What's New?

What Does SIBO Cause? – Intro

By: | Tags: | Comments: 0 | January 19th, 2016

The primary “stomach” related symptoms can really depend on the individual and the location of the suspected bacterial overgrowth. For example; SIBO that is higher up in the small intestine (doudenum) may result more in upper digestive dysfunction, such as belching, nausea and heartburn. This is likely do to the bacteria impacting stomach emptying or gas production affecting the Vegus nerve, innervating the diaphragm. Although, it is thought that SIBO further down the intestines can also create similar symptoms by impacting the migratory motor complex of the small intestine and the liver.

SIBO that is more in the middle of the small intestine may result more in “stomach cramping”, bloating or constant stomach pain and distention. The jejunum is essentially in the middle of the small intestine and when motility is effected, the gas produced from bacteria gets trapped, which can slowly diffuse into the intestinal lining after causing a lot of “stomach” upset and distention. Mid-intestinal SIBO would also have some detrimental effects on nutrient uptake and result in many of the systemic effects that bacterial overgrowth can result in.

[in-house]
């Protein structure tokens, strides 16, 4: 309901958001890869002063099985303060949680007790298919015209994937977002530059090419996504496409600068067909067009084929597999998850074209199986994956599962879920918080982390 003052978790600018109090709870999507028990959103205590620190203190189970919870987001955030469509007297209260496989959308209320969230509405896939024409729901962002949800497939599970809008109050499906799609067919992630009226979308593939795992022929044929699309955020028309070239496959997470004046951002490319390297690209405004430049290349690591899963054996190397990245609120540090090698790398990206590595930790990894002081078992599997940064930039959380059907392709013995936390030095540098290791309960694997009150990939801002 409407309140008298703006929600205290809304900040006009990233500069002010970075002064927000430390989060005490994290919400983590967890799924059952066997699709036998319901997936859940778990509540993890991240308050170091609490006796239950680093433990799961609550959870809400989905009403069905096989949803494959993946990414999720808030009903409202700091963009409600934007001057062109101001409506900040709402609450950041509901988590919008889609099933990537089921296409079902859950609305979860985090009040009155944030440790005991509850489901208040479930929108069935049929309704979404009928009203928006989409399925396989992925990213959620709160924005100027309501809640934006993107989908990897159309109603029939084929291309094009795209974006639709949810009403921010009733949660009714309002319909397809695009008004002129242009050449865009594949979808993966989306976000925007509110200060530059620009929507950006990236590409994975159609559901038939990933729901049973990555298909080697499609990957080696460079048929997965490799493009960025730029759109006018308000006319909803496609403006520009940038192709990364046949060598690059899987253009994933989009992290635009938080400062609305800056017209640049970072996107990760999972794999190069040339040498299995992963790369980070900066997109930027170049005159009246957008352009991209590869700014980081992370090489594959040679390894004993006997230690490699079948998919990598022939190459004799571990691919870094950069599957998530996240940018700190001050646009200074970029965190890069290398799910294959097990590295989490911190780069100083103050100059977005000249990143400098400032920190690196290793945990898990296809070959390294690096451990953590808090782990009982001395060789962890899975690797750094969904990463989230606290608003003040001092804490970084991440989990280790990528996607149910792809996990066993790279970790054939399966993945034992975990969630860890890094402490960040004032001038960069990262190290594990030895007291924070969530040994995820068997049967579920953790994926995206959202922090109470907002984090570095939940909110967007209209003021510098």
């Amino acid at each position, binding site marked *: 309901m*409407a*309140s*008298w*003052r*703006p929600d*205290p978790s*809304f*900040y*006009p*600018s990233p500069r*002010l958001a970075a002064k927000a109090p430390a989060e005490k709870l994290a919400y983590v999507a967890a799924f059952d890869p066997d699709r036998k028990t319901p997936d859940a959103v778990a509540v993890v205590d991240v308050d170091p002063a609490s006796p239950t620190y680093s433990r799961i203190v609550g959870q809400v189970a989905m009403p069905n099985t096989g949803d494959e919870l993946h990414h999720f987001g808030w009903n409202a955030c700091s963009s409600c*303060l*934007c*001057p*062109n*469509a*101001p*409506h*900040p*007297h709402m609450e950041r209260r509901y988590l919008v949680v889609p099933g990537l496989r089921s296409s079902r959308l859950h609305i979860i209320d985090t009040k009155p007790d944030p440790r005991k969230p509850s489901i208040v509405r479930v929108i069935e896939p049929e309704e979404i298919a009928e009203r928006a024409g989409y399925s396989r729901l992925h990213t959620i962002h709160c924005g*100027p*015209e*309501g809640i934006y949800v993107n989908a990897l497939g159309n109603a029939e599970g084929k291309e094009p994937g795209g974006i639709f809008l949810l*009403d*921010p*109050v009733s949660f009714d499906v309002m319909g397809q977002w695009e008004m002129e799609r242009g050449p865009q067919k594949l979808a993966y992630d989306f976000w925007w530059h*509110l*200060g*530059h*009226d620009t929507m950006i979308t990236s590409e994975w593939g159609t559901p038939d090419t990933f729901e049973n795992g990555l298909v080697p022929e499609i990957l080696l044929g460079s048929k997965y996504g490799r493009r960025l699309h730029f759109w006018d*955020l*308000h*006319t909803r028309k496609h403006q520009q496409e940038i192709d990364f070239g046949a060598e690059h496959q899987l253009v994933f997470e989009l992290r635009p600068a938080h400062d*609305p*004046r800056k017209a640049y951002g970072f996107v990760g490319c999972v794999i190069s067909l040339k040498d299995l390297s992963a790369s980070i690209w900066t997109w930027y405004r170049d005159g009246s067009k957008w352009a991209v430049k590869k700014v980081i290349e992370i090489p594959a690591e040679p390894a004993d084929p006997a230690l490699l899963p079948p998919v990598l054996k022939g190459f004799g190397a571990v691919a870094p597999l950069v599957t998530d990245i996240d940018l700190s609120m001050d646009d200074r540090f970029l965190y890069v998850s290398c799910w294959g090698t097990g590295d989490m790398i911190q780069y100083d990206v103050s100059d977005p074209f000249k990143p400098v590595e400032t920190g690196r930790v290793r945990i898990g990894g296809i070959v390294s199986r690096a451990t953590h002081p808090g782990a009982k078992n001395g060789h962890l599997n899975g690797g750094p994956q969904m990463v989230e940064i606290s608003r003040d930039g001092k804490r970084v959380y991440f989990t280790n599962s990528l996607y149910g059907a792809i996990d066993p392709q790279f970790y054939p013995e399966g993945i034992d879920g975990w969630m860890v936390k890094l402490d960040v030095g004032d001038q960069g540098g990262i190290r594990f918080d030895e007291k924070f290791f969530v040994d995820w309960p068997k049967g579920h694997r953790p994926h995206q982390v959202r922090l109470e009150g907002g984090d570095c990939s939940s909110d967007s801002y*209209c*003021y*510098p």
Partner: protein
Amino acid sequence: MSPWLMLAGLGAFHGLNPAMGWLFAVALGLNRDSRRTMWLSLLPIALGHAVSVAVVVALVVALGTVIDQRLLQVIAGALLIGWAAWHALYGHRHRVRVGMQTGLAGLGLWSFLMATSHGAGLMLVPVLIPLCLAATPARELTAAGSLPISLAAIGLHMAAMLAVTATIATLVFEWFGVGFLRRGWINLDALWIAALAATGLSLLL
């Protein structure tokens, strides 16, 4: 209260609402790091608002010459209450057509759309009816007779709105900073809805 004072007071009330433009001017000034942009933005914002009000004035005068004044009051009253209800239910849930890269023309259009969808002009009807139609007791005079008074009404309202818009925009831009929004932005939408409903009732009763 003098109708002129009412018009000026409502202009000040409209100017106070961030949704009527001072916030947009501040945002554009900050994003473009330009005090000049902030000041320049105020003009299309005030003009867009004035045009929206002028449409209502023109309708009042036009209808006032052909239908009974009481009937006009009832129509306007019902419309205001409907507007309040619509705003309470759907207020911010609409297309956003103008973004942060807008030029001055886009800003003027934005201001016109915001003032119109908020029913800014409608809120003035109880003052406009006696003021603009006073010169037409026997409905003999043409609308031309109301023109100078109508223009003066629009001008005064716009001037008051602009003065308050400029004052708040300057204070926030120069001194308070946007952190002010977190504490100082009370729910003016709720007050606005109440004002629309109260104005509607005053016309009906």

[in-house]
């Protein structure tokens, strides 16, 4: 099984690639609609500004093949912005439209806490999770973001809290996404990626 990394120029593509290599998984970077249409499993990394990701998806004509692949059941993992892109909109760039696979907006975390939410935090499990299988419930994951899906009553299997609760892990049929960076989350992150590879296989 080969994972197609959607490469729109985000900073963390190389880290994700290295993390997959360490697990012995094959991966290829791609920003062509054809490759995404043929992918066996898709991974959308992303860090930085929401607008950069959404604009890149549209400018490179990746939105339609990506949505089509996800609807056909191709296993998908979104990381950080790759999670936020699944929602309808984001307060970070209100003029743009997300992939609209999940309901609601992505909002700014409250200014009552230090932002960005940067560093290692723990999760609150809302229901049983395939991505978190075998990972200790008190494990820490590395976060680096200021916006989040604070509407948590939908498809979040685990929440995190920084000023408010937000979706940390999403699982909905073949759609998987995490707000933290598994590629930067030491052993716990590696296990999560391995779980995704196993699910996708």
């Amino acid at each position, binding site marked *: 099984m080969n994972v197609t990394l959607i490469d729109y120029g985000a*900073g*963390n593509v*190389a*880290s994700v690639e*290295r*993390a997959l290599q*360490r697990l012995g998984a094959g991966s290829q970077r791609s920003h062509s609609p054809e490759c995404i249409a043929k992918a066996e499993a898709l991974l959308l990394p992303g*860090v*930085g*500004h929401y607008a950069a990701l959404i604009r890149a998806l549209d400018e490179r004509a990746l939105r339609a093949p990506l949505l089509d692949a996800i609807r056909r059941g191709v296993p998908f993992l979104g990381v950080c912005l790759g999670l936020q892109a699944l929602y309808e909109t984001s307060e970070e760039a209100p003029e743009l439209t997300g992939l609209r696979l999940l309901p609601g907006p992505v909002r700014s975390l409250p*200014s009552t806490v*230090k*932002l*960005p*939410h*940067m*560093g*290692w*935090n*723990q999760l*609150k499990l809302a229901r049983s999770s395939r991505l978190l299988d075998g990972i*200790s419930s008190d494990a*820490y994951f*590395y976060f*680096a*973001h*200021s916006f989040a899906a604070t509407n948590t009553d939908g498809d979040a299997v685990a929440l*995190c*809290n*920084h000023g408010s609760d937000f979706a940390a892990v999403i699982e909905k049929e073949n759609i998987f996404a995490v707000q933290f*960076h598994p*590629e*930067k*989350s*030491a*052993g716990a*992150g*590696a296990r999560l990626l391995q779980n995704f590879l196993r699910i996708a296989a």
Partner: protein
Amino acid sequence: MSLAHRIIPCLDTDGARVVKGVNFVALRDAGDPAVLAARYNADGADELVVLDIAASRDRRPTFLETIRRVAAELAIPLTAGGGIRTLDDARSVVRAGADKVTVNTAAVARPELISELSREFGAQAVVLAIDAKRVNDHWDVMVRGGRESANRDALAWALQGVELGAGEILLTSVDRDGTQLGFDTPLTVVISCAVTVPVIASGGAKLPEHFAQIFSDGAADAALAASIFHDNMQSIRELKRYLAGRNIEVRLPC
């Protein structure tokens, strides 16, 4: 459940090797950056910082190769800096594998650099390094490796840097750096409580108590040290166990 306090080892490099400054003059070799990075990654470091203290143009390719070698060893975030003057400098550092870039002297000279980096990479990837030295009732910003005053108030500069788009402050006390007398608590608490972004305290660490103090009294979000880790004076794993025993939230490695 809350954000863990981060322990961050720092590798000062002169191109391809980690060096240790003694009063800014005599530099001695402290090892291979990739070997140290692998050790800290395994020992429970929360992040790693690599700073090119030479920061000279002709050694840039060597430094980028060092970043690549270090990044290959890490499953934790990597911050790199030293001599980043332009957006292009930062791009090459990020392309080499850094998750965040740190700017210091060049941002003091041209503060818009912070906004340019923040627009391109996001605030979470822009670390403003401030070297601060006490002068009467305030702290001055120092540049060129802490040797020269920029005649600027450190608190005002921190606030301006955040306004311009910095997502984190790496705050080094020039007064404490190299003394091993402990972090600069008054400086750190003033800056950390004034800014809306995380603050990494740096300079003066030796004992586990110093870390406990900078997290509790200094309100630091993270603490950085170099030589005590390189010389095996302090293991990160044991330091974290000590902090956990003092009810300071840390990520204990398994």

Some Systemic Symptoms and Signs of SIBO

Learning Disorders (Autism and ADHD
Parkinson’s Disease and other neurological conditions
“Brain fog”

Myalgic Encephalopathy
Joint pain
Fatigue (chronic fatigue syndrome)

Iron deficiency anemia
Vitamin B12 deficiency
Skin rashes
Respiratory symptoms (asthma/COPD)
Hormonal Imbalances
Steatorrhea (fatty stools)

Worsening or causes of chronic liver disease (cirrhosis)
Autoimmune Hepatitis
Primary Biliary Cirrhosis
Potential etiology of some autoimmune diseases
Interstitial Cystitis
Chronic Pelvic Pain Syndrome or Chronic Prostatitis

SIBO that has resulted from chronic constipation or lack of motility of the large or small intestine results in the back up of large intestinal bacteria into the small intestine through the ileocecal value. The ileocecal valve can ideally keep bacteria out of the small intestine, but it is not a complete sphincter and sluggish lower bowels can cause this valve to become week and distended. Once bacteria are able to back up into the ileum of the small intestine not only will people feel the bloating and stomach distention that is so common but they may also experience nausea and flatulence that is relieved by bowel movements, as result of gas making its way through the large intestine.

The systemic effects of the microbiota are infinite. The impact of the bacteria in our digestive systems have been associated with hundreds of health conditions ranging from cancer to diabetes. Most of this stems from the effects that our microbes have on our immune systems, but also our liver, brain, kidneys, pancreas, and heart.

You must be logged in to post a comment.